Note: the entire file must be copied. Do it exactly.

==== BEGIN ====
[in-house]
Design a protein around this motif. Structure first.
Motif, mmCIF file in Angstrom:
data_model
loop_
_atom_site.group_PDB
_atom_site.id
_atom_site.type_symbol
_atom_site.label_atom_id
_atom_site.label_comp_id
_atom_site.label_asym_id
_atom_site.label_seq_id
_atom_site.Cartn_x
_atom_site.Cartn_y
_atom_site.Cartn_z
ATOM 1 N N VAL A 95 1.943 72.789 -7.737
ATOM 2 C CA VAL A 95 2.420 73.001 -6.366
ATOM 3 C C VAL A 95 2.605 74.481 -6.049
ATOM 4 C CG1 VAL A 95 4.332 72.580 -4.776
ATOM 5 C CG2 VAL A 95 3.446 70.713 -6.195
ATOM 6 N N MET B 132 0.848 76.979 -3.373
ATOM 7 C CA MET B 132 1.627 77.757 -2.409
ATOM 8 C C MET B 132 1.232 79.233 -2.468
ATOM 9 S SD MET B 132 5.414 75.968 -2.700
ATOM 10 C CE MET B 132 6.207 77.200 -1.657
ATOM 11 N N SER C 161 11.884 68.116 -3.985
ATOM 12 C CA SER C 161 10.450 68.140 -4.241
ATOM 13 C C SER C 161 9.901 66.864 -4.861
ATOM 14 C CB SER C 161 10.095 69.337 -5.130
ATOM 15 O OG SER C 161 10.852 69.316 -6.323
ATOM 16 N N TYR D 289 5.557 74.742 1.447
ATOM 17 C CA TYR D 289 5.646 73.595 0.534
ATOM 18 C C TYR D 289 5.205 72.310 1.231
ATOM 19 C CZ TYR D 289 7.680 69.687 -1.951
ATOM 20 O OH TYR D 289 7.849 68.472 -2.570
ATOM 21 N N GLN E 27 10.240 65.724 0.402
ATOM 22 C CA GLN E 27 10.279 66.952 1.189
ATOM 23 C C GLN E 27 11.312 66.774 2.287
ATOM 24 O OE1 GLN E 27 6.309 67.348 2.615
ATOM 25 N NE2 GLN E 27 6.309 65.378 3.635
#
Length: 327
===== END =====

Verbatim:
[in-house]
Design a protein around this motif. Structure first.
Motif, mmCIF file in Angstrom:
data_model
loop_
_atom_site.group_PDB
_atom_site.id
_atom_site.type_symbol
_atom_site.label_atom_id
_atom_site.label_comp_id
_atom_site.label_asym_id
_atom_site.label_seq_id
_atom_site.Cartn_x
_atom_site.Cartn_y
_atom_site.Cartn_z
ATOM 1 N N VAL A 95 1.943 72.789 -7.737
ATOM 2 C CA VAL A 95 2.420 73.001 -6.366
ATOM 3 C C VAL A 95 2.605 74.481 -6.049
ATOM 4 C CG1 VAL A 95 4.332 72.580 -4.776
ATOM 5 C CG2 VAL A 95 3.446 70.713 -6.195
ATOM 6 N N MET B 132 0.848 76.979 -3.373
ATOM 7 C CA MET B 132 1.627 77.757 -2.409
ATOM 8 C C MET B 132 1.232 79.233 -2.468
ATOM 9 S SD MET B 132 5.414 75.968 -2.700
ATOM 10 C CE MET B 132 6.207 77.200 -1.657
ATOM 11 N N SER C 161 11.884 68.116 -3.985
ATOM 12 C CA SER C 161 10.450 68.140 -4.241
ATOM 13 C C SER C 161 9.901 66.864 -4.861
ATOM 14 C CB SER C 161 10.095 69.337 -5.130
ATOM 15 O OG SER C 161 10.852 69.316 -6.323
ATOM 16 N N TYR D 289 5.557 74.742 1.447
ATOM 17 C CA TYR D 289 5.646 73.595 0.534
ATOM 18 C C TYR D 289 5.205 72.310 1.231
ATOM 19 C CZ TYR D 289 7.680 69.687 -1.951
ATOM 20 O OH TYR D 289 7.849 68.472 -2.570
ATOM 21 N N GLN E 27 10.240 65.724 0.402
ATOM 22 C CA GLN E 27 10.279 66.952 1.189
ATOM 23 C C GLN E 27 11.312 66.774 2.287
ATOM 24 O OE1 GLN E 27 6.309 67.348 2.615
ATOM 25 N NE2 GLN E 27 6.309 65.378 3.635
#
Length: 327